[Diagnostics and treatment of thoracic and lumbar spine trauma in pediatric patients : Recommendations from the Pediatric Spinal Trauma Group]

Thomas Weiß, Alexander C Disch, Michael Kreinest, Jan-Sven Jarvers, Christian Herren, Matthias K Jung, Holger Meinig, Hauke Rüther, Thomas Welk, Michael Ruf, Andreas Badke, Oliver Gonschorek, Christoph E Heyde, Frank Kandziora, Christian Knop, Philipp Kobbe, Matti Scholz, Holger Siekmann, Ulrich Spiegl, Peter Strohm, Christoph Strüwind, Stefan Matschke
Der Unfallchirurg 2020, 123 (4): 269-279

BACKGROUND: Spinal injuries in pediatric patients are overall very rare. Current reference studies including large patient numbers that enable the formulation of evidence-based recommendations on diagnostics and treatment of these injuries do not exist.

OBJECTIVE: The aim of the current study was to formulate recommendations on the diagnostics and treatment for injuries of the thoracic and lumbar spine in pediatric patients.

MATERIAL AND METHODS: Firstly, a search for primary and secondary literature on the topic of diagnostics and treatment of spinal injuries in children was carried out. From this, a literature database was established and maintained. Secondly, within the framework of 9 meetings in the time period from April 2017 to December 2019 the members of the Pediatric Spinal Trauma Group of the Spine Section of the German Society for Orthopaedics and Trauma (DGOU) documented recommendations on diagnostics and treatment of injuries of the thoracic and lumbar spine in pediatric patients by a consensus process.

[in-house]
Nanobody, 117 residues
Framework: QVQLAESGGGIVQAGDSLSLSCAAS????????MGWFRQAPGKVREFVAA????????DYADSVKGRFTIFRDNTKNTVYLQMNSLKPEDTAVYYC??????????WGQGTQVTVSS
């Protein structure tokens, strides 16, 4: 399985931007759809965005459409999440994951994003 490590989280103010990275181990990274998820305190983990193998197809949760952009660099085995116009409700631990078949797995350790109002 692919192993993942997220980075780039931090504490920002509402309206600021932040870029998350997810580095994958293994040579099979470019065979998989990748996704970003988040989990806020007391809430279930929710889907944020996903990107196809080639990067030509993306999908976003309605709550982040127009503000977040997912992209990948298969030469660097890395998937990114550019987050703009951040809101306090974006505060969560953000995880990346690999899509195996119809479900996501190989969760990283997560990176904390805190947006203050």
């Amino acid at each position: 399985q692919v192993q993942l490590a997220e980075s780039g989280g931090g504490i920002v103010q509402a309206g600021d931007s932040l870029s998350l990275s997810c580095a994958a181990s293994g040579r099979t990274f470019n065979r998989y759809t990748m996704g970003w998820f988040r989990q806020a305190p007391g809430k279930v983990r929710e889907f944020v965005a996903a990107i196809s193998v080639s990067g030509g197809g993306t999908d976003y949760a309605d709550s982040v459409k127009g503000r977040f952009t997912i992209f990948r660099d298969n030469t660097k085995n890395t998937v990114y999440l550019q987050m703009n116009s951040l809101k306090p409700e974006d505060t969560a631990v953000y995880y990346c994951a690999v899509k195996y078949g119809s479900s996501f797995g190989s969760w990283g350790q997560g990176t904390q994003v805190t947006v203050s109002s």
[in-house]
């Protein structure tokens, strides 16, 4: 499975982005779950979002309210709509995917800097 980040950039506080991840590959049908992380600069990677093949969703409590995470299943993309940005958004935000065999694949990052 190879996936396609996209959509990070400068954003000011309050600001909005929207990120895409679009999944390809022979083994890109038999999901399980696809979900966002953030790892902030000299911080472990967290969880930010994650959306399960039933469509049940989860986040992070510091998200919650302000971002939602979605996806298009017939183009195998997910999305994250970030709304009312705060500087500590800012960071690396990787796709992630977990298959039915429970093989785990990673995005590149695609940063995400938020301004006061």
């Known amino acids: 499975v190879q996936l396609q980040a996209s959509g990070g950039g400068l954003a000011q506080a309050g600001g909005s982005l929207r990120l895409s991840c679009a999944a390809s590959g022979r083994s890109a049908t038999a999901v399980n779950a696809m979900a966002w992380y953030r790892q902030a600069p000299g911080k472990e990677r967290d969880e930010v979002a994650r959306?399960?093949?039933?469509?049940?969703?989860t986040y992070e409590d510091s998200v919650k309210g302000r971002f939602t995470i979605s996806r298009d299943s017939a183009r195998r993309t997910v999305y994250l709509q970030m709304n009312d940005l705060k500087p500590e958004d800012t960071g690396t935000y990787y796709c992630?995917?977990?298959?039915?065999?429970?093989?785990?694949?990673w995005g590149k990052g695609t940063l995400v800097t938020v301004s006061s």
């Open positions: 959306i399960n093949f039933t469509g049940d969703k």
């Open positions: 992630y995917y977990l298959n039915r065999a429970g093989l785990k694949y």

RESULTS: Recommendations on the diagnostics and treatment of injuries of the thoracic and lumbar spine could be given for 3 age groups (age group I: 0-6 years; age group II: 7-9 years; age group III: 10-16 years). Diagnostic and therapeutic principles known from adult patients suffering from injuries to the thoracic or lumbar spine cannot easily be transferred to pediatric patients.

CONCLUSION: Spinal injuries in childhood are rare and should be treated in specialized spine centers. Pediatric patients with a stable cardiopulmonary status should undergo magnetic resonance imaging (MRI) if a spinal trauma is suspected. The basic principles of the treatment of spinal trauma in children is the restoration of spinal stability and correct anatomical parameters as well as the protection of all neural structures. The potential for correction and regeneration of the individual spinal sections depending on the age of the patient must be considered for deciding between operative vs. conservative treatment. Whenever operative treatment is needed, it should be performed by minimally invasive techniques as a sole instrumentation without spondylodesis. An early removal of the screw-rod-system should be performed.

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